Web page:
3. Cross-border spatial planning: Taking into account the functional linkages between Luxembourg and its cross-border functional region, the PDAT recognises the need for a concerted territorial development in the Greater Region (Grande Région). To address ecological and climate transition challenges, the Master Programme promotes territorial development strategies for cross-border functional areas, consultation with neighbouring regions in the framework of planning processes, and cross-border resource management.

4. Collaborative Governance as a cross-cutting objective: In the PDAT, governance is considered to be a cross-cutting objective, emphasising the coordination required for effective spatial planning. This is meant to happen horizontally across sector policies, vertically between the State and municipalities, as well as through public participation.

Time Horizon

The PDAT2023 is meant to unfold in two phases: 2023-2035 and 2035-2050. The first period until 2035 will act as a transition phase, which contributes to reversing the current development trends. Actions will focus on identifying and adopting instruments for the implementation of the Master Programme as well as initiating pilot projects and stakeholder connections.

The second phase, from 2035 to 2050, will ensure a steady transition and reverse the trends in question by the implementation of the strategies, while monitoring the developments as well as adapting approaches as needed.

Programme directeur d'aménagement du territoire 2023 - Stratégies  territoriales - Portail de l'aménagement du territoire - Luxembourg
Vision 2050 in the PDAT (Source: Département de l’aménagement du territoire (DATer) 2023)


In order to achieve the above-mentioned policy objectives in the given timeframes, two territorial strategies have been developed at different scales. First, the national territorial development strategy “Leitbild 2050” envisions a carbon-neutral and resilient territory, emphasising green, yellow and blue networks, the concentration of development in accordance with the urban hierarchy, and a sustainable mobility. This national territorial development strategy has also been broken down to so-called action areas (espaces d’action) at a functional-regional level. In this context, territorial visions for the three urban agglomerations have also been developed. Second, the territorial development strategy at the level of the Greater Region promotes cooperation in cross-border action areas, in accordance with the Interreg VI Greater Region programme. This cooperation fosters integrated territorial development in cross-border functional areas, complementing previous approaches by addressing challenges linked to the environment and natural resources. The implementation of strategies will be fostered through the adaptation of existing regulatory instruments and the potential creation of new ones.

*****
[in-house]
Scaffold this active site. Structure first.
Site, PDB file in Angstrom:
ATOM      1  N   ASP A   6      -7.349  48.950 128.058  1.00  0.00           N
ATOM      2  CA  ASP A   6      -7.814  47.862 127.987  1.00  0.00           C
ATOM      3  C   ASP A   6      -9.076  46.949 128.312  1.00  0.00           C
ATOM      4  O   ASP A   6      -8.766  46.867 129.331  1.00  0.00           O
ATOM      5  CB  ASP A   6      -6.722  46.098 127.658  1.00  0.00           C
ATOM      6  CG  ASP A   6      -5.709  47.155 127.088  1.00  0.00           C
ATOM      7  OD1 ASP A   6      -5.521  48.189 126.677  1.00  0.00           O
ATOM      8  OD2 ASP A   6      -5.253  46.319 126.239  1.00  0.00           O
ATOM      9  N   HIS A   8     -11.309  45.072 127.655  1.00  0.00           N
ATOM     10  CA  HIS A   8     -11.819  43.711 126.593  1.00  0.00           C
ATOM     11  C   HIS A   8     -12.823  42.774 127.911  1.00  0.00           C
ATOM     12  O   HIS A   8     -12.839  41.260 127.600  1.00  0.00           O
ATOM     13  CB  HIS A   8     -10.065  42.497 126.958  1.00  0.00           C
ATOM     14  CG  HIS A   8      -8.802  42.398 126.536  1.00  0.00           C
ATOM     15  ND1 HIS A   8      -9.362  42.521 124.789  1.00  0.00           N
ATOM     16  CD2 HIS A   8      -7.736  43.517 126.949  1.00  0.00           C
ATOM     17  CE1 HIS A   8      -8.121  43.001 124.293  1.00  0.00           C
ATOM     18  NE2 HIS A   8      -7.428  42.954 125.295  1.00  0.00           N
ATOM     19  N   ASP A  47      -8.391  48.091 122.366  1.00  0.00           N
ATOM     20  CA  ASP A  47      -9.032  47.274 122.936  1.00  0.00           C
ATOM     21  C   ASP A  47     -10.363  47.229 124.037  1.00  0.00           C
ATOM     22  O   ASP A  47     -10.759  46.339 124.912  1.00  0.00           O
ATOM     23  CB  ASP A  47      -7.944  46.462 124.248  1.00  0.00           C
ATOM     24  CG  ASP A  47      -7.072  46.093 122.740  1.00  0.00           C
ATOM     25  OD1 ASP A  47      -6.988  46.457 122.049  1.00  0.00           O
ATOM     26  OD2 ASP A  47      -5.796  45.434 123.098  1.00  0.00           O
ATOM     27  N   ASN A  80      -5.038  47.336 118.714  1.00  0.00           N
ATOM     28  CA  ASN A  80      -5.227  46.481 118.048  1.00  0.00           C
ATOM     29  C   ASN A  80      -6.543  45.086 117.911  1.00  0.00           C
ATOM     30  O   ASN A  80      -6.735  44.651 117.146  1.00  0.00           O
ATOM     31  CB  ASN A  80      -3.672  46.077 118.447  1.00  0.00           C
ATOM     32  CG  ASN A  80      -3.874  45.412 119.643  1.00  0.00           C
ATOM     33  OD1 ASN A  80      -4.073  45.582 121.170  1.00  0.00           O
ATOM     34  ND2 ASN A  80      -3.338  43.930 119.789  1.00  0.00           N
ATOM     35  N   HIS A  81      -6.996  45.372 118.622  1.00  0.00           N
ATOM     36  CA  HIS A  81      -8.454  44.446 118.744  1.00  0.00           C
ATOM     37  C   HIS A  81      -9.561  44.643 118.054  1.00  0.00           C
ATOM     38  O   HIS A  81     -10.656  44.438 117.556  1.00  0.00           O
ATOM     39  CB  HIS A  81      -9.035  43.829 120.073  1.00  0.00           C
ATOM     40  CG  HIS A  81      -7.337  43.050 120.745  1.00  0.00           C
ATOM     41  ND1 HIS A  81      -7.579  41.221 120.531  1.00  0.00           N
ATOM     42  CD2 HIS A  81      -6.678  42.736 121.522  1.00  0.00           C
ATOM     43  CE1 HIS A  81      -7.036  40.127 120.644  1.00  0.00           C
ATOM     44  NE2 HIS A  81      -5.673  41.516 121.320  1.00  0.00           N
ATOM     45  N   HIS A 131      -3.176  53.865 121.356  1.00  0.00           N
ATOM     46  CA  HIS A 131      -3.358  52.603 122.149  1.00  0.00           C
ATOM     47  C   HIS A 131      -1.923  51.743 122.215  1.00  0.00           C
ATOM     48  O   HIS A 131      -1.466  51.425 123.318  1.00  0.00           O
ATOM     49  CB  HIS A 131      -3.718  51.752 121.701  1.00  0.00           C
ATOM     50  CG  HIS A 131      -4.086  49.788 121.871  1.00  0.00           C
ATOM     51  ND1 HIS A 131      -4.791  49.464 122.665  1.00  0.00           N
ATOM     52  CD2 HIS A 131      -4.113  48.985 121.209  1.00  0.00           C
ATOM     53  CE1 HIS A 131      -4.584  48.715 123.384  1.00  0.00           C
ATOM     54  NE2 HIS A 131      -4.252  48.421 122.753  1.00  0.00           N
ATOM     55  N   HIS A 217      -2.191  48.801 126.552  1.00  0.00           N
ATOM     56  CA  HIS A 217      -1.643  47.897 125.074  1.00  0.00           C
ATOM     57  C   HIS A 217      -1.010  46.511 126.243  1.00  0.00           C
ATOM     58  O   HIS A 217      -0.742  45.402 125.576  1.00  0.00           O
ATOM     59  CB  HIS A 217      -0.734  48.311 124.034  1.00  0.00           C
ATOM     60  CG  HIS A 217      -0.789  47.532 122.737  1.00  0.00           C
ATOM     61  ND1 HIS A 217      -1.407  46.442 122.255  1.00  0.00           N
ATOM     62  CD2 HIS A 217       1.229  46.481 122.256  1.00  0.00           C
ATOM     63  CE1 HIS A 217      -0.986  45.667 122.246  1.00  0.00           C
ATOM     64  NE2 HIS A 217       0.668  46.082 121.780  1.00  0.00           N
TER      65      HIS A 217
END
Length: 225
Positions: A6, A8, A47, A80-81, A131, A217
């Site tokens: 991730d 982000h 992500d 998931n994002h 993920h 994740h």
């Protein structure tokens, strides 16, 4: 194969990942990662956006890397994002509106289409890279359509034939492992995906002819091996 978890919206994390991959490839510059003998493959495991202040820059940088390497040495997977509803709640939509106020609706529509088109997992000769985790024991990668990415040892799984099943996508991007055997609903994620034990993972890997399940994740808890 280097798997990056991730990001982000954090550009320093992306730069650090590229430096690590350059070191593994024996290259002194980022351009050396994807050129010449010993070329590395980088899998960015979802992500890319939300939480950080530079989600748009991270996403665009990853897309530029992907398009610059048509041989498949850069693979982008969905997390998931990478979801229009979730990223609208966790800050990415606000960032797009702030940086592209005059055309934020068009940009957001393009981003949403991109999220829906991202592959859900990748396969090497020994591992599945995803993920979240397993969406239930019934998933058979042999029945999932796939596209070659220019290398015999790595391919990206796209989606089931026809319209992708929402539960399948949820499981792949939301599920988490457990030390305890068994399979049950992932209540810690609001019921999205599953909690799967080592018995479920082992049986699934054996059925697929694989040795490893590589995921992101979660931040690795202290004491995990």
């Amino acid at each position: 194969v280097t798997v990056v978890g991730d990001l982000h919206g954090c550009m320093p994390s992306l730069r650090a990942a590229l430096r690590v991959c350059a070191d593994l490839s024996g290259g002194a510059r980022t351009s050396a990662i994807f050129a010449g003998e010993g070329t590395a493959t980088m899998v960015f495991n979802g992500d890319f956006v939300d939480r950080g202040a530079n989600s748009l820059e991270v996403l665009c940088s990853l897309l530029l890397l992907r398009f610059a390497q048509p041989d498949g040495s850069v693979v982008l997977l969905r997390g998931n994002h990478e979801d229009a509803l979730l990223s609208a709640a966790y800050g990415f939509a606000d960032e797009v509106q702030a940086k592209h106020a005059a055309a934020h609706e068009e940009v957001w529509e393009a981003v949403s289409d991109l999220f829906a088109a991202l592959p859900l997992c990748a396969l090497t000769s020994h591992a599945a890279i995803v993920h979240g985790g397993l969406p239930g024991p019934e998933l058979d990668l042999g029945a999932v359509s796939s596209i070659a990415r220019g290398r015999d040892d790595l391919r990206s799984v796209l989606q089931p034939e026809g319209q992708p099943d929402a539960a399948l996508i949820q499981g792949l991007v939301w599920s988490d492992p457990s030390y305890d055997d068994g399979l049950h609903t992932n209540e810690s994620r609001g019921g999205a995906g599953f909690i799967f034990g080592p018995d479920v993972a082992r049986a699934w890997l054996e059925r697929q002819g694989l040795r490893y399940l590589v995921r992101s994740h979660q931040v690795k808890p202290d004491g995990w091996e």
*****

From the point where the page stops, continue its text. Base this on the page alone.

The Master Programme for Spatial Planning in Luxembourg sets a forward-looking and ambitious territorial vision. By addressing climate change, resource preservation and sustainable growth, the PDAT paves the way for the ecological transition of the territory. Through clear strategic objectives and cross-sectoral coordination, Luxembourg is taking a further step towards sustainable development and enhancing citizens’ quality of life.


Master Programme for Spatial Planning in Luxembourg – “Programme directeur d’aménagement du territoire” (PDAT) 2023 (French):